"Guidelines recommend that all adults over the age of 20 should receive risk factor screening from their family doctor every two to five years. There are more specific guidelines for patients with type 2 diabetes as their risk of a heart attack is twice as high as the general population."
The analysis from the SHIELD study (Study to Help Improve Early evaluation and management of risk factor Leading to Diabetes) was performed to see if ongoing recommendations for improved screening in the USA were resulting in more patients being diagnosed with heart disease before they became symptomatic.
It forms part of the larger SHIELD survey of 211,097 US households who responded to a national questionnaire.
More than 18,400 people who had participated in the baseline and first follow-up SHIELD surveys - and had diabetes or one of the five cardiometabolic risk factors - were sent questionnaires and 13,877 (75%) responded. Of these, 1,573 (11% of the total) had been diagnosed with heart disease.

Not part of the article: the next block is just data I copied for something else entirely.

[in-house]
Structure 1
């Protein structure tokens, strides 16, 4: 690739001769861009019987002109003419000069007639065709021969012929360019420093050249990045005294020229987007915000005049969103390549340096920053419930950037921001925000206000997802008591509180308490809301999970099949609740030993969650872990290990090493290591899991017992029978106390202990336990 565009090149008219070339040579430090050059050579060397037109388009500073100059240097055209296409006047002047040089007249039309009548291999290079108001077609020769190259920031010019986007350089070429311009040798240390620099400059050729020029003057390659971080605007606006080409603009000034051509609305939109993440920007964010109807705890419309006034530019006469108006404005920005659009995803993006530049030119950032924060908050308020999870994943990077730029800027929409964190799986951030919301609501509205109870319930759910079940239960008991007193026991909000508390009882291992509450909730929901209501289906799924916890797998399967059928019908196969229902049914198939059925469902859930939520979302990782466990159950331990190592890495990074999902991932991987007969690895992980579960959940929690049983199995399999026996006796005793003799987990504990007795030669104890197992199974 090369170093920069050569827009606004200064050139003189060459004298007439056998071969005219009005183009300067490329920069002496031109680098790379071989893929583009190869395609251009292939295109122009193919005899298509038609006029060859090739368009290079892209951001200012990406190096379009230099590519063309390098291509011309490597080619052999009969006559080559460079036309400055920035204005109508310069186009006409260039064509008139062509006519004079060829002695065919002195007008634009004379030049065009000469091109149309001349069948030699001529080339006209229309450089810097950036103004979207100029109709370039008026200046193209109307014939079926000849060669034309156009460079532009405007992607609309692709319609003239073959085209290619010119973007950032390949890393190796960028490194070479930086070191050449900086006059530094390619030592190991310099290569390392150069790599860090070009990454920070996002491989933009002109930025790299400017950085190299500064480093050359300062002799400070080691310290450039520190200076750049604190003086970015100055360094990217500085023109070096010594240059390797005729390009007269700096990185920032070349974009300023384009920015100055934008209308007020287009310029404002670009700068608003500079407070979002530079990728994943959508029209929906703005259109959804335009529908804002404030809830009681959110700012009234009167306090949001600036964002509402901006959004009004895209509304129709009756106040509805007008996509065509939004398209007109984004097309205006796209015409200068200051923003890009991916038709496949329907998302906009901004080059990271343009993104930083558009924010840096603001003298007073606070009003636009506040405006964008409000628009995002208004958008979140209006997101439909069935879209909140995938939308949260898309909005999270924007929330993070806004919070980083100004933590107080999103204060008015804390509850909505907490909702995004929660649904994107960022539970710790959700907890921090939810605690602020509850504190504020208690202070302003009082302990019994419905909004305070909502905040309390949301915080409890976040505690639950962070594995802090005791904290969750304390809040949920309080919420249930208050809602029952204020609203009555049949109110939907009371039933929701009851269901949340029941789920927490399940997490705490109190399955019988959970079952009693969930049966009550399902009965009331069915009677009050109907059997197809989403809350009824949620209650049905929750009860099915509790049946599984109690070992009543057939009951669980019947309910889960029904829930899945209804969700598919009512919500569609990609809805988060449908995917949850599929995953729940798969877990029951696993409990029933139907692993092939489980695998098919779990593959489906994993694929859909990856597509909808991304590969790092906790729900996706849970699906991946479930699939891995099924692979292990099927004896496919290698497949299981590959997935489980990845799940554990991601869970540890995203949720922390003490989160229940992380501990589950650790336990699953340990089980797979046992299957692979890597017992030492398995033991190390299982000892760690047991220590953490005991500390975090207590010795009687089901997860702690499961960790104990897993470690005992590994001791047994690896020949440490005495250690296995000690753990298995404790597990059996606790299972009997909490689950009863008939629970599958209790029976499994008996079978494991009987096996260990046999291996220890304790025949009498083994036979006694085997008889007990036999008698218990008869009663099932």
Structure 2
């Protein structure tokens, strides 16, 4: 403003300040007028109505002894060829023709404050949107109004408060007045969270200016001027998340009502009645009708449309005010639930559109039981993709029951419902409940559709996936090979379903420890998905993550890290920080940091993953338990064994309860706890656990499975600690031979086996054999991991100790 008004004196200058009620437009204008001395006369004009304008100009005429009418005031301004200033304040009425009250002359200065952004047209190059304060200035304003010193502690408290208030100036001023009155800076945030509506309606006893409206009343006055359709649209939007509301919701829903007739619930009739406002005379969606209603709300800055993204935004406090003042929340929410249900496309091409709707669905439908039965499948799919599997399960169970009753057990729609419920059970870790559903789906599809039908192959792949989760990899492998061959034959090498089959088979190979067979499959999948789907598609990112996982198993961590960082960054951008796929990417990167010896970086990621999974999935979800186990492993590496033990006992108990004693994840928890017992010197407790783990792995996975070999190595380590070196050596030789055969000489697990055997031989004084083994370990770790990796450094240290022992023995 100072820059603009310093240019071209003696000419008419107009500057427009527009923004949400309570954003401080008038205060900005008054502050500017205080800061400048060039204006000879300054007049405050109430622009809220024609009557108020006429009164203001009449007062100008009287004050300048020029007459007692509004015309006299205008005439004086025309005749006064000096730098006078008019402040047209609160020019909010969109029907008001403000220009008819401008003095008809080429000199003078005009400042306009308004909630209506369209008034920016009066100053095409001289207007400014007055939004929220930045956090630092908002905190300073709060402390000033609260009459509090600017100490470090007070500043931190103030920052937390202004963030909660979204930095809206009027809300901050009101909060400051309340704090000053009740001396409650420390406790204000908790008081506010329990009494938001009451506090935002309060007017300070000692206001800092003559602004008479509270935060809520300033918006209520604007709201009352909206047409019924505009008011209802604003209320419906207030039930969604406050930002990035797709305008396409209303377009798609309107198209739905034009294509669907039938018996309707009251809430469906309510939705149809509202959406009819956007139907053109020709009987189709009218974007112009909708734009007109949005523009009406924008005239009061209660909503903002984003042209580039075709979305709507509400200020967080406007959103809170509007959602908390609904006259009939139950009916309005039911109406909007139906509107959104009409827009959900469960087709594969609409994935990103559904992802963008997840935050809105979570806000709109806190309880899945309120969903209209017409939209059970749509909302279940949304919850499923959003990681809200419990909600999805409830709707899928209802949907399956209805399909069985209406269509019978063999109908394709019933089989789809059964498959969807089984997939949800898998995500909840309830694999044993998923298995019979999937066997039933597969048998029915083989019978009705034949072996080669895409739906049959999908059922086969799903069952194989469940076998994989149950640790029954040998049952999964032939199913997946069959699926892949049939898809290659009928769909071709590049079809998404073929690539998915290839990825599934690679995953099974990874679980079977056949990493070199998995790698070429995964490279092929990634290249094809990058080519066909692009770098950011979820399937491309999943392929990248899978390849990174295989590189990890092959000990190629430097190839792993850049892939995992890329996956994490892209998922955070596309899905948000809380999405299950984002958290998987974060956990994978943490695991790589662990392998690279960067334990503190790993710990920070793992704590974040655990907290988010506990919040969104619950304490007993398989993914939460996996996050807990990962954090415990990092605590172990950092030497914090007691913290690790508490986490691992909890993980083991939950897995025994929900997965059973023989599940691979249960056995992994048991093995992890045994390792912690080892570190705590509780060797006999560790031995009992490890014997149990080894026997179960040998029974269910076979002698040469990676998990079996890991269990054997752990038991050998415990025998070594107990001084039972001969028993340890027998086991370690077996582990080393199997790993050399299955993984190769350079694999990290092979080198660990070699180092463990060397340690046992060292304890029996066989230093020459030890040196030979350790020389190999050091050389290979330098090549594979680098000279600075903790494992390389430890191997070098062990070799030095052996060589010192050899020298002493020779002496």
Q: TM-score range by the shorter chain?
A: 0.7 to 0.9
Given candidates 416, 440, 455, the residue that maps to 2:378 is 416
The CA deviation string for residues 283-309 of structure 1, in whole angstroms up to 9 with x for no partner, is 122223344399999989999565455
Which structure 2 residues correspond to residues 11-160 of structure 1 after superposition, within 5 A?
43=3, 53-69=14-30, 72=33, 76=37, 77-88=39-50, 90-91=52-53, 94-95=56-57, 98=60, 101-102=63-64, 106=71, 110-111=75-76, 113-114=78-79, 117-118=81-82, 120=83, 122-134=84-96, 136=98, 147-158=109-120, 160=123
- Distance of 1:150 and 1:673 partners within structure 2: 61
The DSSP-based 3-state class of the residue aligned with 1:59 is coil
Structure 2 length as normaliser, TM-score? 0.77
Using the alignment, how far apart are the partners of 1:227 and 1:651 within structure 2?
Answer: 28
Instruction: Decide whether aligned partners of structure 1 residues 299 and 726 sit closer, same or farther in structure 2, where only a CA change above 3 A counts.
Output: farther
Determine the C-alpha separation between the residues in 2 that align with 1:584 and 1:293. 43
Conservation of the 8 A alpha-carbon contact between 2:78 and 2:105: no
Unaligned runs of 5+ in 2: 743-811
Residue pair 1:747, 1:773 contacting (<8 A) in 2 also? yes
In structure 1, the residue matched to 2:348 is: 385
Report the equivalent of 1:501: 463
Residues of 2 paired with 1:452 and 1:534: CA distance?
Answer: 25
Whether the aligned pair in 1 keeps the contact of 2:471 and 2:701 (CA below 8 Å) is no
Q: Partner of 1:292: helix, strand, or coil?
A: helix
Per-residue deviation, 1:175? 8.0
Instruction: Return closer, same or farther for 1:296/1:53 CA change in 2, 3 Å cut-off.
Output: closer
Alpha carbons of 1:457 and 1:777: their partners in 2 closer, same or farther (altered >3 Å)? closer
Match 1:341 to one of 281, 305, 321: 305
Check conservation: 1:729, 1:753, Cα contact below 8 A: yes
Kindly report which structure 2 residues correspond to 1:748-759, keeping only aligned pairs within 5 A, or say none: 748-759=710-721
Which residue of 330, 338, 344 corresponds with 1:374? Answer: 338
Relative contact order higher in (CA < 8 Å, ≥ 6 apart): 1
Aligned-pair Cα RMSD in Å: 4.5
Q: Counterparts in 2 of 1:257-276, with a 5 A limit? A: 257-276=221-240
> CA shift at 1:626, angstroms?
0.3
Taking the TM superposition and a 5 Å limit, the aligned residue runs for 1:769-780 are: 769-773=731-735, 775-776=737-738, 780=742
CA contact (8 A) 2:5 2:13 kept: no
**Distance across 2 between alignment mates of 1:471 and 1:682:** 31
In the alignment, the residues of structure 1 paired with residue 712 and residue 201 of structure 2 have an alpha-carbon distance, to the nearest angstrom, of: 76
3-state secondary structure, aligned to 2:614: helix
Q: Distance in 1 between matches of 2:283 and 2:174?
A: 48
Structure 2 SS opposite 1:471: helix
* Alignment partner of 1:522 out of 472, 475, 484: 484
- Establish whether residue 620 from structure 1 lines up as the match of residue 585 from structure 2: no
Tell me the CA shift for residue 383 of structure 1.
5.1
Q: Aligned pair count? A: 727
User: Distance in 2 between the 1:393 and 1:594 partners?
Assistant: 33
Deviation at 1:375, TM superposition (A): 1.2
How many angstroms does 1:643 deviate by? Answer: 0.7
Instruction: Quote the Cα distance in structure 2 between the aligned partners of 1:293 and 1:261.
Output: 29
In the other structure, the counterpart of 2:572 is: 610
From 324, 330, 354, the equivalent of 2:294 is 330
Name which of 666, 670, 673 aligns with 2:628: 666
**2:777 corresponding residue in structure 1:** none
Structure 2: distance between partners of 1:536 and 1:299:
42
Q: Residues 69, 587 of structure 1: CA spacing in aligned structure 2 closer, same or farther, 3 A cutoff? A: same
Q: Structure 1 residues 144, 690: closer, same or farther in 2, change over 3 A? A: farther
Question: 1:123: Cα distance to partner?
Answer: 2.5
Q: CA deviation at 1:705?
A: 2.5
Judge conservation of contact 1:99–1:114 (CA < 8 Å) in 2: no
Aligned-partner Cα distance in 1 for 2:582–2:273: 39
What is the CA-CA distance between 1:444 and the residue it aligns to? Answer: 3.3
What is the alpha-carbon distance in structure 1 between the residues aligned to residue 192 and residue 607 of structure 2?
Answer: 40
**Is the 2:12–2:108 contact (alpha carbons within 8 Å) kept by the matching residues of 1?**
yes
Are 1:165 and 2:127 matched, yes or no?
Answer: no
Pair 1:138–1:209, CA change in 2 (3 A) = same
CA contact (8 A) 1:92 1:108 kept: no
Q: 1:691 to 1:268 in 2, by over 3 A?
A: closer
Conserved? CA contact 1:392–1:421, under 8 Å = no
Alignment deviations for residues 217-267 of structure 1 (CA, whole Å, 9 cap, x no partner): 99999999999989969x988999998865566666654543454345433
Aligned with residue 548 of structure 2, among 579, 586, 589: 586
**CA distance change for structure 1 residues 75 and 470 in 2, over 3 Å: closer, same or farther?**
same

Just under two-thirds had heart disease on its own (62%). They were predominantly male (59%) and white (91%) with an average age of 67. The remaining 38% had heart disease and type 2 diabetes. They were slightly more likely to be women (50.7%), 88% were white and their average age was 69.
The average time since diagnosis was 11.7 years in CHD patients without diabetes and 10.7 years in individuals with diabetes and CHD. Almost a third of the non diabetes group (31%) and 36% of the diabetes group had been diagnosed since 2001 when a number of consensus statements and guidelines on screening and prevention were published.
"Despite increased knowledge and awareness of the risk factors for CHD, many individuals are not diagnosed with heart disease until they are sy
|Contact: Annette Whibley|